Following a detailed analysis of prior internal executives who failed in this role, we proposed a ‘dark horse’ candidate who was clearly off-spec but brought additional strategic capabilities and influencing skills to the role. The client (from the CEO down) was fixated on candidates who had large scale P&L experience. However, given the relationship we had developed with the client and the fact that we had undertaken a detailed stakeholder analysis on why previous internal candidates had failed, the client was prepared to ‘suspend’ their belief on the ideal candidate and entertain one to two lateral, creative ideas.

The successful candidate was very different to the original specification. The candidate had limited P&L experience but had an outstanding track-record of senior level strategic influencing and complexity management. The trusted advisor relationship provided us the permission to explore candidates that would not otherwise have been considered."

- Steve Mullinjer, regional leader of Heidrick & Struggles, Asia Pacific and the Middle East, Member, AESC Board of Directors.

When Do You Know?

Consultants and clients recognize that the evolution from consultant to trusted advisor is both exceptional and infrequent, and they know it when they see it.

Drummond-Hay recognizes “another level” in the professional relationship. When achieved, he says “there’s a dimension in which you are advising the client above and beyond the thing they’re working on: their career, their dealings with management or the Board; being in a position where the client can open up about things that are personally important to them. From the client’s point of view, having that kind of relationship is tremendously valuable.”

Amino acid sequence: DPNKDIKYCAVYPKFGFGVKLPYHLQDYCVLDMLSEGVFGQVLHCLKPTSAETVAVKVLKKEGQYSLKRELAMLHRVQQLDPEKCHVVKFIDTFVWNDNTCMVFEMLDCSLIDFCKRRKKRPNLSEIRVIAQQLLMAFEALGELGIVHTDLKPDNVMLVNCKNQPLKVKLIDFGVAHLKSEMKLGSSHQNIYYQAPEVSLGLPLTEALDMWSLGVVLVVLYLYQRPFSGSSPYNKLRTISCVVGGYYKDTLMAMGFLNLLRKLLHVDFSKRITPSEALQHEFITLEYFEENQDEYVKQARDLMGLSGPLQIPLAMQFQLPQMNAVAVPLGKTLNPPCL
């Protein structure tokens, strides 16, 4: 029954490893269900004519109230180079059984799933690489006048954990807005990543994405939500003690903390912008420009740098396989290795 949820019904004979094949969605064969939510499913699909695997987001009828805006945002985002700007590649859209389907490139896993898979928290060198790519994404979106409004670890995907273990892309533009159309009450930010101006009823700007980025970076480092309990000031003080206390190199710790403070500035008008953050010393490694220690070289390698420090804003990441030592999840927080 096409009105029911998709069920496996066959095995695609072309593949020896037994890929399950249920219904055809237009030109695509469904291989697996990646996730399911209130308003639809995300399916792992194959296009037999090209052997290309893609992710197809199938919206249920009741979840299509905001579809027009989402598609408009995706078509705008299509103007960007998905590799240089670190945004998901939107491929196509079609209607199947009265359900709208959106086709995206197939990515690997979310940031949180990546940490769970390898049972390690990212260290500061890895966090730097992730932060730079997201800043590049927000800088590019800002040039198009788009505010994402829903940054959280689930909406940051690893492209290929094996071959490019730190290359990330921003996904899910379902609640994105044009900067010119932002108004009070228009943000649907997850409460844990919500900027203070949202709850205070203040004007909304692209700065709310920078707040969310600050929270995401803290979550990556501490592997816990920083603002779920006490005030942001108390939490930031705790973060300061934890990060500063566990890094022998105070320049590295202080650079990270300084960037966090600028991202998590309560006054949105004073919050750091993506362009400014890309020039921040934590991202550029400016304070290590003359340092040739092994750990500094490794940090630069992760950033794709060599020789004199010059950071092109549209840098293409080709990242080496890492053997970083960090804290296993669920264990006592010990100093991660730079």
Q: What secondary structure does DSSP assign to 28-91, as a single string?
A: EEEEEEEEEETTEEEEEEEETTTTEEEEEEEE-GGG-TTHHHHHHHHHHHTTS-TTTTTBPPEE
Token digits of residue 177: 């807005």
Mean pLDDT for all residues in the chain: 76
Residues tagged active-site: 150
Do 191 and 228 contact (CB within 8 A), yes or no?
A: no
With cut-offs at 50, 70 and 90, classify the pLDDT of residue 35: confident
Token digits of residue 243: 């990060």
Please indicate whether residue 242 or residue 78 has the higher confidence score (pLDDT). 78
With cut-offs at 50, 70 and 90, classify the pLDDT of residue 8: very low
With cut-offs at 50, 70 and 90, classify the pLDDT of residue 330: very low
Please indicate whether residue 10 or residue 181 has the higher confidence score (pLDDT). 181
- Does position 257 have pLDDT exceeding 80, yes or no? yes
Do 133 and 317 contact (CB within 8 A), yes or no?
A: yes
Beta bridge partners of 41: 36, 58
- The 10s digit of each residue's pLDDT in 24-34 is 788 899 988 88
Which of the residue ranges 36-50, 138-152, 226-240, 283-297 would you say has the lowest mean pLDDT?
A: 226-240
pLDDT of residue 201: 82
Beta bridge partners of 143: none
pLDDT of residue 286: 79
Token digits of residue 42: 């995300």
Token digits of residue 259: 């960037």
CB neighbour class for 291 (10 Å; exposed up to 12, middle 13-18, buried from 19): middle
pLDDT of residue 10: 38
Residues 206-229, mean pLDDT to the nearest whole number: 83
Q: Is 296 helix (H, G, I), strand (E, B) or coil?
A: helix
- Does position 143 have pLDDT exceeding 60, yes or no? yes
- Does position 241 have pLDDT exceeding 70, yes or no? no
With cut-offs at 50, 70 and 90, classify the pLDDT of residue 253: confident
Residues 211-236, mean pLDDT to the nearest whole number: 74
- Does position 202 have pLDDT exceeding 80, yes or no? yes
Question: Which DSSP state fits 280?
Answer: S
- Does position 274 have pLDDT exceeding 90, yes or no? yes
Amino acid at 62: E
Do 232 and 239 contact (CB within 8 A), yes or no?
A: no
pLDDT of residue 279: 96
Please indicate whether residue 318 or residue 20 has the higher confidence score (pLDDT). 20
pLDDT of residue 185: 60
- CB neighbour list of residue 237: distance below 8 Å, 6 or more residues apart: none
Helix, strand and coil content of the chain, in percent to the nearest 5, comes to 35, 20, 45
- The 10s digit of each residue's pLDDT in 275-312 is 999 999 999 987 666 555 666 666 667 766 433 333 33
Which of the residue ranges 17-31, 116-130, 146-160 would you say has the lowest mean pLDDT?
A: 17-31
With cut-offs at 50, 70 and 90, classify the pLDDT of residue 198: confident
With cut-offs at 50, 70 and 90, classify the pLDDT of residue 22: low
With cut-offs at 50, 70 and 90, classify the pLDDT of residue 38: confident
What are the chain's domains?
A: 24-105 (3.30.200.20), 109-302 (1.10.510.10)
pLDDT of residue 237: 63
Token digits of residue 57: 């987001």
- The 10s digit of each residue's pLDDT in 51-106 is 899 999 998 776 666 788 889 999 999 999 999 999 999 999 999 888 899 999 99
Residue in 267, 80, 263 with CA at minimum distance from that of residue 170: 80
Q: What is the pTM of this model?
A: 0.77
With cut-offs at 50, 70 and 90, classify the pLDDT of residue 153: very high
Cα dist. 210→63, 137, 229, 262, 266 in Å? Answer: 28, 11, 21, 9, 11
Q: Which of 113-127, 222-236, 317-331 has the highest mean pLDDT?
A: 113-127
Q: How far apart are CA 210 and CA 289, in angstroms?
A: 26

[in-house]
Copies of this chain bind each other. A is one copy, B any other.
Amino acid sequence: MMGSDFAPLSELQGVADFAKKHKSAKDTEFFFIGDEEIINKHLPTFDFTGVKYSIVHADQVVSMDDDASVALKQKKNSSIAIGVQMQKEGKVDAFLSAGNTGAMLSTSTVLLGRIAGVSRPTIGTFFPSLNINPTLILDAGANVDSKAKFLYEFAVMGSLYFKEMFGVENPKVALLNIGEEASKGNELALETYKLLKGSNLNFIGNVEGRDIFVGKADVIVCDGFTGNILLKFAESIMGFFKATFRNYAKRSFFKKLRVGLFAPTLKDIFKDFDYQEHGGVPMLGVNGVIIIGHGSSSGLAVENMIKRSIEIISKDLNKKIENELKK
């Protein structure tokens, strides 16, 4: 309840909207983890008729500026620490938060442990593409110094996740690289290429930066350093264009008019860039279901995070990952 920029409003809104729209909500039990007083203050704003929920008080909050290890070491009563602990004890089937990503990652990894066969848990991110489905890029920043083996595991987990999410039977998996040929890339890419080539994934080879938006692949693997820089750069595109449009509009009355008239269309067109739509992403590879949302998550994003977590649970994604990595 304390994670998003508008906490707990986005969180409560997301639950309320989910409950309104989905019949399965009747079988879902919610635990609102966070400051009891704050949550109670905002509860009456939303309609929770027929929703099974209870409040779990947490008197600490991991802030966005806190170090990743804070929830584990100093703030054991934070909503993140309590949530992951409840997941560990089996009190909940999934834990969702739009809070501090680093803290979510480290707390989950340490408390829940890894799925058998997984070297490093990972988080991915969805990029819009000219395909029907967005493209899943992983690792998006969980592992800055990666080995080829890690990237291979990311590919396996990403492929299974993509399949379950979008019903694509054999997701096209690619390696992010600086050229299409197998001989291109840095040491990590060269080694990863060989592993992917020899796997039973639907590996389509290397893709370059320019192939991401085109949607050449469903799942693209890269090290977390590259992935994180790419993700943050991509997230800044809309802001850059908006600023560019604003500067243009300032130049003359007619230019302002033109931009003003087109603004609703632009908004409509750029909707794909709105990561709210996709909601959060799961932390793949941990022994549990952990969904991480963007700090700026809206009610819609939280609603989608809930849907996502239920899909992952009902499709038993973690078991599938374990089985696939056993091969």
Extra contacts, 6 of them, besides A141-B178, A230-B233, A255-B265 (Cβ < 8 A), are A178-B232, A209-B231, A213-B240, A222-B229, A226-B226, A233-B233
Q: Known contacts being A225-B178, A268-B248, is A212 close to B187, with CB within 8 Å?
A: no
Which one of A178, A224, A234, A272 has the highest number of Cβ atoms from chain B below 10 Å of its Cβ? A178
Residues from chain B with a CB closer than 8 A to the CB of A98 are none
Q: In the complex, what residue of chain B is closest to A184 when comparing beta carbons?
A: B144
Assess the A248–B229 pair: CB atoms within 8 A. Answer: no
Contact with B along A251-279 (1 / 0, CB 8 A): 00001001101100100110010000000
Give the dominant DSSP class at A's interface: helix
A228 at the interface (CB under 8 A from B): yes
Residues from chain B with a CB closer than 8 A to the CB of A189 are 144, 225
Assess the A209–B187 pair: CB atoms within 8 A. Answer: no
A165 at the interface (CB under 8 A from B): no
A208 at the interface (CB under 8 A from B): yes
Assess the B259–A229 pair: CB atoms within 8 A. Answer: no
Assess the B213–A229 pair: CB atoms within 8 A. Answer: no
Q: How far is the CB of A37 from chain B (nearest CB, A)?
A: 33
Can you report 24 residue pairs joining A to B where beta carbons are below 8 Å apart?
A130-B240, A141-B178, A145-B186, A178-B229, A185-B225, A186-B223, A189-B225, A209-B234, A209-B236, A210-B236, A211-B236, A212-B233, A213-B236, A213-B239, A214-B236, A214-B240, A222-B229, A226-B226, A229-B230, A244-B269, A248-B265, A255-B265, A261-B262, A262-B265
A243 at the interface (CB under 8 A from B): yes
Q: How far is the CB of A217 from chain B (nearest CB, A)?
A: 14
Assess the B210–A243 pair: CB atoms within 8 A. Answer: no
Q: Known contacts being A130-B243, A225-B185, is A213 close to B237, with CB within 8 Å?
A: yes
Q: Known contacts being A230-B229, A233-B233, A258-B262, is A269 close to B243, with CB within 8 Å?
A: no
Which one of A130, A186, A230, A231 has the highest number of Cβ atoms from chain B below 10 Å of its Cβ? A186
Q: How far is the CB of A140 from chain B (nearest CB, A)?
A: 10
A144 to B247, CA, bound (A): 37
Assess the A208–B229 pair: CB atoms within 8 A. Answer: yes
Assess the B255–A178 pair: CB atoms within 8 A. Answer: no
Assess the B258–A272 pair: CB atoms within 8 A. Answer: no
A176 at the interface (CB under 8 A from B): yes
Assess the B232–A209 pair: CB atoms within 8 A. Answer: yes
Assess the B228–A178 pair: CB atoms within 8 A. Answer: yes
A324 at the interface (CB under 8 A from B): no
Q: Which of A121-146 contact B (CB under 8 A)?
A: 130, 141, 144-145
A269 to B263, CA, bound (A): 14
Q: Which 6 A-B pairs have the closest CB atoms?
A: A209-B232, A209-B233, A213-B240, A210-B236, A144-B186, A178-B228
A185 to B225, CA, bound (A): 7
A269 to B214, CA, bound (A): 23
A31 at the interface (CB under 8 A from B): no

Von Seldenek recalls talking to a CEO not long ago who founded a Fortune 500 company. She says, “He had engaged me to help find somebody for his board and it was a tricky situation. I could tell he was sharing with me just bits and pieces, and he was watching me and reading how I was reacting. As he continued on, he was deciding in his mind how much he could he tell me. In the end he was forthcoming and really shared what I needed to know: the culture and the dynamics. Then when he shifted, and started talking about personal things from his perspective, I realized we had crossed a line. A good line.”